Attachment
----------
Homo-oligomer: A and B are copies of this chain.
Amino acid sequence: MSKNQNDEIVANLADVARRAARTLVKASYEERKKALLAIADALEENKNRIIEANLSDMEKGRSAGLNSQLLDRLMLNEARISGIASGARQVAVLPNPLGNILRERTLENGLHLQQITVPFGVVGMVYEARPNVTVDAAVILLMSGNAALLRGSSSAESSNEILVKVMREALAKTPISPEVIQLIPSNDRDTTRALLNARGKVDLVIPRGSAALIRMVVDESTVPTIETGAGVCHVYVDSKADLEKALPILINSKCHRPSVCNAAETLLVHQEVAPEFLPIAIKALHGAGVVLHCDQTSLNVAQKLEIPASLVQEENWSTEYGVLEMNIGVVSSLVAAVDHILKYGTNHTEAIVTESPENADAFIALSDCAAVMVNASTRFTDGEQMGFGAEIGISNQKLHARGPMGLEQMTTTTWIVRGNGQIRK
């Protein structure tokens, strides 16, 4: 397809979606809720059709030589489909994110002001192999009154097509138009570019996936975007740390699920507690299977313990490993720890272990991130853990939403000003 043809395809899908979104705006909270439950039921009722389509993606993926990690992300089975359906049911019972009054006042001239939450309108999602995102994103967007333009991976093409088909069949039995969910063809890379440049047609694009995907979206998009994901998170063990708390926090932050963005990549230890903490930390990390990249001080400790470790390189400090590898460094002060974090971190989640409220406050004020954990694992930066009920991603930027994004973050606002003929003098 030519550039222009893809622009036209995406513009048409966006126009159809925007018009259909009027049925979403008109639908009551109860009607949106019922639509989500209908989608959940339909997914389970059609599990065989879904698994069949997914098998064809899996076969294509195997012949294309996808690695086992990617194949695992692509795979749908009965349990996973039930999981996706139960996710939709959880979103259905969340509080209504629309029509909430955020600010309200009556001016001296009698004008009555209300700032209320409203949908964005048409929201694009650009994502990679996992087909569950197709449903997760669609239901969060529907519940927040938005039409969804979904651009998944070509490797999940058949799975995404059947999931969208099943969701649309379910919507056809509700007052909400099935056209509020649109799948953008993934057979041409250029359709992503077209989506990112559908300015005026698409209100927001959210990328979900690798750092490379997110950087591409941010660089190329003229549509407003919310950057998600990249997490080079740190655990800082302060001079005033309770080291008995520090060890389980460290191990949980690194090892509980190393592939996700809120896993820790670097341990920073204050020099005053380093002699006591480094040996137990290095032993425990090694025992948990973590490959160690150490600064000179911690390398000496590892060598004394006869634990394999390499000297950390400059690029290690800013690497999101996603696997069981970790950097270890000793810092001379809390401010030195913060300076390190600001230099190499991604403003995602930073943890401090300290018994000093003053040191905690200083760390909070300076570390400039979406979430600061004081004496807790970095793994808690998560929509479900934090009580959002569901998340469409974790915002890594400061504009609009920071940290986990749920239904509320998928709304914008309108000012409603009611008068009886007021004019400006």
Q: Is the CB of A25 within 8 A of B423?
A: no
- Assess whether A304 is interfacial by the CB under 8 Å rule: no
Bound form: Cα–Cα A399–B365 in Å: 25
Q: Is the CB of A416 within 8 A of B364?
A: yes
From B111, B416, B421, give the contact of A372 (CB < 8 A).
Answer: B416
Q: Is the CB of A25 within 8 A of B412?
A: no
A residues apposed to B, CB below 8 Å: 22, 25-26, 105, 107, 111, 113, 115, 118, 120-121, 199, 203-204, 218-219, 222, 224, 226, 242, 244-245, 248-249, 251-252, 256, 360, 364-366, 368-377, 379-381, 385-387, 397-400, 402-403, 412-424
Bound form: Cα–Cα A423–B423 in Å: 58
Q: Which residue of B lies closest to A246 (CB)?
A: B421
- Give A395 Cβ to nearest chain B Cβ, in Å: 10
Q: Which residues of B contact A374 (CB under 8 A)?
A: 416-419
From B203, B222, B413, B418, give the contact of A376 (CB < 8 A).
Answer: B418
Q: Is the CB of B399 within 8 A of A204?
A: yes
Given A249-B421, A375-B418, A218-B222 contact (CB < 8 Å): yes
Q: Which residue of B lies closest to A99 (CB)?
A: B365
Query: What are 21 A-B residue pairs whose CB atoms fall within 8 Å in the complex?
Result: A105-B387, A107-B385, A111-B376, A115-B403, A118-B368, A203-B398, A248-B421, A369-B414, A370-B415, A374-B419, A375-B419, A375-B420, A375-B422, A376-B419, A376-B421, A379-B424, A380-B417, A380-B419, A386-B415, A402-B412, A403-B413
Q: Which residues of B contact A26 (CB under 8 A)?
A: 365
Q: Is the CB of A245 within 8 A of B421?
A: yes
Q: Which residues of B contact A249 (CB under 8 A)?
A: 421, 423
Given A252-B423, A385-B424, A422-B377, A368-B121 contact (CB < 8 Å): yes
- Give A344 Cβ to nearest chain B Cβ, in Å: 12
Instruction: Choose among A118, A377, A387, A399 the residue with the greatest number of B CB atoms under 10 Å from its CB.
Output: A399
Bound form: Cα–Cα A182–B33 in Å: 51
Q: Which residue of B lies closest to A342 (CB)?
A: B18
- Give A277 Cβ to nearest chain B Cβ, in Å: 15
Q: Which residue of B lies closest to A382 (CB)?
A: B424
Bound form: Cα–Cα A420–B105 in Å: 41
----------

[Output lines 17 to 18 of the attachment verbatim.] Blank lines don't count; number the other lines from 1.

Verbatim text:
A: B421
- Give A395 Cβ to nearest chain B Cβ, in Å: 10